One of the great difficulties in learning any foreign language is when there are two words in the new language for something, but you only have one word in your own.
Nearly 20 years ago now (my goodness, how the time has flown!), I remember asking the woman who taught me so much about Romanian cooking what the difference was between brânză (bruhnzuh) and cașcaval (cosh-kavalle) since they both mean “cheese” in English. Her reply was, “One is fermented, and the other is not.”
Unfortunately, that didn’t help me much, as the only thing I knew about cheese in those days was that it was made from milk, and that you buy it in the store.
I had no idea, of course, that one day I’d actually make some cheese on television in a tiny village way up in the Carpathian Mountains. The difference between the two kinds of cheese isn’t exactly about fermentation, but it’s close enough for our purposes today.
Probably the easiest way to understand the difference is that brânză is generally soft cheese while cașcaval is “hard” or “regular” cheese. In other words, cottage cheese would be brânză while Cheddar cheese would be cașcaval.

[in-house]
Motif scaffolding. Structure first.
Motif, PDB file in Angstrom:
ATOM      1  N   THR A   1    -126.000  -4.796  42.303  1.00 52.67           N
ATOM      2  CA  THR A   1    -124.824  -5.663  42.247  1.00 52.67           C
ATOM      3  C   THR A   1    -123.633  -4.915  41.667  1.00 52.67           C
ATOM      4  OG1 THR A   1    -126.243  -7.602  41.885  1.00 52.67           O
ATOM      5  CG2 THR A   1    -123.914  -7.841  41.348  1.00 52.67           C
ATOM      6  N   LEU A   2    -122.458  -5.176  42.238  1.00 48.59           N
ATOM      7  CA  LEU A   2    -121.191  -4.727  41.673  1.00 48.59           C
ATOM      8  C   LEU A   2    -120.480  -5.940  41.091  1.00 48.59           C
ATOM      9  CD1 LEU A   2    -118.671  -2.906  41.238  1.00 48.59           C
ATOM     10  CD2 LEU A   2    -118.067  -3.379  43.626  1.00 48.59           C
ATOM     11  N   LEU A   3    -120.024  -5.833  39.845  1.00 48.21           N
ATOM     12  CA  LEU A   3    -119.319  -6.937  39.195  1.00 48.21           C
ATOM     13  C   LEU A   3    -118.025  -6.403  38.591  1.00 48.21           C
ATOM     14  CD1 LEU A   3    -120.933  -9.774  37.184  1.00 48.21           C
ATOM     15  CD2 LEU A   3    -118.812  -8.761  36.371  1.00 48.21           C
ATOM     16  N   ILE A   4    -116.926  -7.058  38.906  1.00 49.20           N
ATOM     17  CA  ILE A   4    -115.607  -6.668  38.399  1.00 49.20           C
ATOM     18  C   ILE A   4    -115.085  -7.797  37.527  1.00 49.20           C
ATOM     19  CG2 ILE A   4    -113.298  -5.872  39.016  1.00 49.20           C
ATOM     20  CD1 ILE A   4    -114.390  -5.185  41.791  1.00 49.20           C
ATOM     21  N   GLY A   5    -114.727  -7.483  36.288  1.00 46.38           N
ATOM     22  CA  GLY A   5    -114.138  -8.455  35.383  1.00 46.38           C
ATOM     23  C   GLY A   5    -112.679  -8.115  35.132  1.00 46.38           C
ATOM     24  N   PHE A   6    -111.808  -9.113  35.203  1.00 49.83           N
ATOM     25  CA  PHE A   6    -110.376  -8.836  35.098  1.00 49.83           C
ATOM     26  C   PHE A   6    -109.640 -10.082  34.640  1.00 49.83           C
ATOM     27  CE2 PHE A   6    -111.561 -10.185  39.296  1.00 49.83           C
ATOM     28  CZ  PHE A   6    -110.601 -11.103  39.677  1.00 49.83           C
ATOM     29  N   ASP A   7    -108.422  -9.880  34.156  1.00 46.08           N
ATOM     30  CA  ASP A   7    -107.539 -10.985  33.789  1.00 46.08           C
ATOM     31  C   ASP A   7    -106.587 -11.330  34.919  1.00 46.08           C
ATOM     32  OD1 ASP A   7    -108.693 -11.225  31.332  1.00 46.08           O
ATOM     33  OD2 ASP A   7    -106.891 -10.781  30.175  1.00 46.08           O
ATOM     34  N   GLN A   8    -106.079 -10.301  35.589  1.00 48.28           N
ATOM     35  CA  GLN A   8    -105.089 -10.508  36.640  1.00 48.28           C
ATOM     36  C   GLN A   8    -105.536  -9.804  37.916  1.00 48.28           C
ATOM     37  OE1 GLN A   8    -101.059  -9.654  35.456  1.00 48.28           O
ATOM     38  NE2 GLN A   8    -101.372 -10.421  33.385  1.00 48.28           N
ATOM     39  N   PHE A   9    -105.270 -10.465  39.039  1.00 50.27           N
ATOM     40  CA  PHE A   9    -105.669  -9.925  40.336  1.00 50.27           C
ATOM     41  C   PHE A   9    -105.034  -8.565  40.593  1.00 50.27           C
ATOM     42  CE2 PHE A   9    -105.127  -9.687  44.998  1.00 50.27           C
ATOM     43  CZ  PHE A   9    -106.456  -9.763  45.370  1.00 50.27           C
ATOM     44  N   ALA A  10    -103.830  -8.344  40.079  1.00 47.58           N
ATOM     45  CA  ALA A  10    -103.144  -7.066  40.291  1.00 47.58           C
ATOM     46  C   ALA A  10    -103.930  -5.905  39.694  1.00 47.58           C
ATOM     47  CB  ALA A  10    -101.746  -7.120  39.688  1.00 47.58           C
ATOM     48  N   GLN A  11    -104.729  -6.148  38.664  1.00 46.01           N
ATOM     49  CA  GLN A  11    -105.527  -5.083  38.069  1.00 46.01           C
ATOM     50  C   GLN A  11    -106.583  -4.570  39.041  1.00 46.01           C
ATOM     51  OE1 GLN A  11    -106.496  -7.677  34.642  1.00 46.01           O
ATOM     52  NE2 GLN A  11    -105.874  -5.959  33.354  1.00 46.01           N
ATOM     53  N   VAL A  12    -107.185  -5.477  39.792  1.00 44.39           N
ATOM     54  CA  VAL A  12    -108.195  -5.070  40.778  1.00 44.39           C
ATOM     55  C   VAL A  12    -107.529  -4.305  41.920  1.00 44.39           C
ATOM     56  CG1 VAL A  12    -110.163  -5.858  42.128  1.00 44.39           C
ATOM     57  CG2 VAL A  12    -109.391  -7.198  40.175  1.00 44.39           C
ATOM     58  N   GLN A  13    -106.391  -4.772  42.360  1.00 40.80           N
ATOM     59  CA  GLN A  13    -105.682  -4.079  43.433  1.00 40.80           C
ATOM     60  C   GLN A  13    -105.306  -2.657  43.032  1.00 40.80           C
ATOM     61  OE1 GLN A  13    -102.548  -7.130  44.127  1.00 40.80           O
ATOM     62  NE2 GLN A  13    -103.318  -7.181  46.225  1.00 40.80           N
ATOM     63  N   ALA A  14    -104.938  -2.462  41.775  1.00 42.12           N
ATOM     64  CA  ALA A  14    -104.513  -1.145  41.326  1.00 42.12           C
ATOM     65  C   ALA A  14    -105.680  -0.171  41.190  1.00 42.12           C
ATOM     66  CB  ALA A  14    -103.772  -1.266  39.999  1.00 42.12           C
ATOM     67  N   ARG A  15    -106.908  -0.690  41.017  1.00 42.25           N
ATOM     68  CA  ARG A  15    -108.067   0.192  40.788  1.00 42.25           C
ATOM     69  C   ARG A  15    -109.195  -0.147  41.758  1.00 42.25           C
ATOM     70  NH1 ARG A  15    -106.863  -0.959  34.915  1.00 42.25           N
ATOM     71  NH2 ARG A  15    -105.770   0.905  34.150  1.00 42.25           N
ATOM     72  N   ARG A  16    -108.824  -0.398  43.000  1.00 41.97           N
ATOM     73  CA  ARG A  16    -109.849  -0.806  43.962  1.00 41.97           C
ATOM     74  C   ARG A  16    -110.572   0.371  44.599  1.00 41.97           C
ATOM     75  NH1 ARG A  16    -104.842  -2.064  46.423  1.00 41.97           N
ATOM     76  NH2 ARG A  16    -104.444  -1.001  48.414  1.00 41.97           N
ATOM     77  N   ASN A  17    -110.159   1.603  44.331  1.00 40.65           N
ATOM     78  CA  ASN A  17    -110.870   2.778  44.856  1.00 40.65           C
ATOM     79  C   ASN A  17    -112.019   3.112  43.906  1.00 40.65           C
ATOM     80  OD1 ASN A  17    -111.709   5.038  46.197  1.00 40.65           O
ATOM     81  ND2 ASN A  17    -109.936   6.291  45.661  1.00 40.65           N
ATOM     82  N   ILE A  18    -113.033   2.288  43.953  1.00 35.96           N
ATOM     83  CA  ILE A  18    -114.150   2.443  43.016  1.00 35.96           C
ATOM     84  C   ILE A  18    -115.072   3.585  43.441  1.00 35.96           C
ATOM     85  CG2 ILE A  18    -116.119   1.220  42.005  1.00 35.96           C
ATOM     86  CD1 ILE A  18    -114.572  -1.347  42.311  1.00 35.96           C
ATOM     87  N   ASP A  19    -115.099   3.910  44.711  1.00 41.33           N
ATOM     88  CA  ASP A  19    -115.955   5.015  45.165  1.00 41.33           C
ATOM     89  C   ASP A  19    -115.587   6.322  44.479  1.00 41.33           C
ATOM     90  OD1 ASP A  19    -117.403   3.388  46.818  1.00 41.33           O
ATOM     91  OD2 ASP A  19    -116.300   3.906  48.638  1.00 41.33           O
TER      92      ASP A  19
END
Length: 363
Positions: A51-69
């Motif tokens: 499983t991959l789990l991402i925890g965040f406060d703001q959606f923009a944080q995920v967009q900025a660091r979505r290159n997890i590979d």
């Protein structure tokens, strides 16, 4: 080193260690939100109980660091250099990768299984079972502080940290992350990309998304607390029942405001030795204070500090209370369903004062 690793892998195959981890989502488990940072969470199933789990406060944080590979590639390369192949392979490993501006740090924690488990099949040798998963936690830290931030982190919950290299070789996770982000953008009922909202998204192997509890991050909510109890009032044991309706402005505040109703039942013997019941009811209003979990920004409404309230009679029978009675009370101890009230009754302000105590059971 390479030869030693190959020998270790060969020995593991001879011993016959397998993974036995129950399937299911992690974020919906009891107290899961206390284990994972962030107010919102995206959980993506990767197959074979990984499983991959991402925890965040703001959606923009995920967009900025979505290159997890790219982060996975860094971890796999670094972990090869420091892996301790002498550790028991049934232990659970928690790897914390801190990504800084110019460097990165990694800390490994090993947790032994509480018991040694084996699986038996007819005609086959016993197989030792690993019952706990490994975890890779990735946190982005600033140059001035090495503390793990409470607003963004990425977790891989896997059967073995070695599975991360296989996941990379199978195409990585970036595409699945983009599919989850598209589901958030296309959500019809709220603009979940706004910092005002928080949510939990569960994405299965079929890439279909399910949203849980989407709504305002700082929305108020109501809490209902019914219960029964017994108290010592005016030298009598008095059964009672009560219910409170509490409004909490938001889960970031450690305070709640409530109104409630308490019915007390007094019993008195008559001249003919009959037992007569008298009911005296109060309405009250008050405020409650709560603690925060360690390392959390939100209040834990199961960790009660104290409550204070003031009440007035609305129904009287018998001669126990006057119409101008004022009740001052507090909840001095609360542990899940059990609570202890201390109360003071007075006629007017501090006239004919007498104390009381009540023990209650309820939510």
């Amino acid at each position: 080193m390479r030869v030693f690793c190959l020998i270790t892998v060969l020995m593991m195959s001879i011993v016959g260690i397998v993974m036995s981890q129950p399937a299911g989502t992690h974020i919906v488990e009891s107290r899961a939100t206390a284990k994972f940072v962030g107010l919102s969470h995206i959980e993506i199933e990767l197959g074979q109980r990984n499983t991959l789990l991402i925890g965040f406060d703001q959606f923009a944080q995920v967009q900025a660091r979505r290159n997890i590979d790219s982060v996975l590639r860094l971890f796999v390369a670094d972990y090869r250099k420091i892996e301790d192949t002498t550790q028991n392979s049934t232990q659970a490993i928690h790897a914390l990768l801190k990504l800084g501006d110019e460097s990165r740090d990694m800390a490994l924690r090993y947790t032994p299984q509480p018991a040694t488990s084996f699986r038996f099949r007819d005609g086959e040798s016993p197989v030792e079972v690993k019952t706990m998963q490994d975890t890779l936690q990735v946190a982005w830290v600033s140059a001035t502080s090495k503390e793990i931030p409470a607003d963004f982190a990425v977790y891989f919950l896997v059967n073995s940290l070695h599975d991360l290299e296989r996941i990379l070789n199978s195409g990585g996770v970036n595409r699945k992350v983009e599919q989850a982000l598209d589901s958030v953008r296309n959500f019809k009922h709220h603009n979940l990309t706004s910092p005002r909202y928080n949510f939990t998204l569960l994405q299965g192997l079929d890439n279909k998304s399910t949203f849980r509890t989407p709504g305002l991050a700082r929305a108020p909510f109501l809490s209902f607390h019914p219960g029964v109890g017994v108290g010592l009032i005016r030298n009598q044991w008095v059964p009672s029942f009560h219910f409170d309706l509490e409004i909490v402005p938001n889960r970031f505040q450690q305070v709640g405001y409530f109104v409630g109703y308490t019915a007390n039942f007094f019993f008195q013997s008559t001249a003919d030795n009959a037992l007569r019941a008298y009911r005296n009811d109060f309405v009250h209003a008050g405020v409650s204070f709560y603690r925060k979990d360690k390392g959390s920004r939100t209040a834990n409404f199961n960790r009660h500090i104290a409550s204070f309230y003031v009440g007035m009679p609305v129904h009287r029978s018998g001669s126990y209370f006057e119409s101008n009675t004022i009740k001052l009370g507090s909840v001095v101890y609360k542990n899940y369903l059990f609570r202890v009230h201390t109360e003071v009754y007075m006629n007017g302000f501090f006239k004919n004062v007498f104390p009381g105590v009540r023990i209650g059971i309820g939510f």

Cheese is a really important part of the Romanian diet, so it’s no surprise that there are about 100 different idioms and sayings that use one of these two words. Probably my favorite is one they use here in Moldova – brînză de iepure – literally “rabbit cheese”, but it means something that’s impossible to do.
Over the years, one interesting thing that I’ve noticed is that native English speakers almost invariably dislike brânzeturi (soft cheeses) but do usually like the taste of cașcavaluri or “hard” cheeses. I’m not quite sure why, but it does seem rather universal.
So, if you’re coming to Romania and your native language is English, you might want to pass if someone offers you some brânză to eat.
AND NOW YOU KNOW!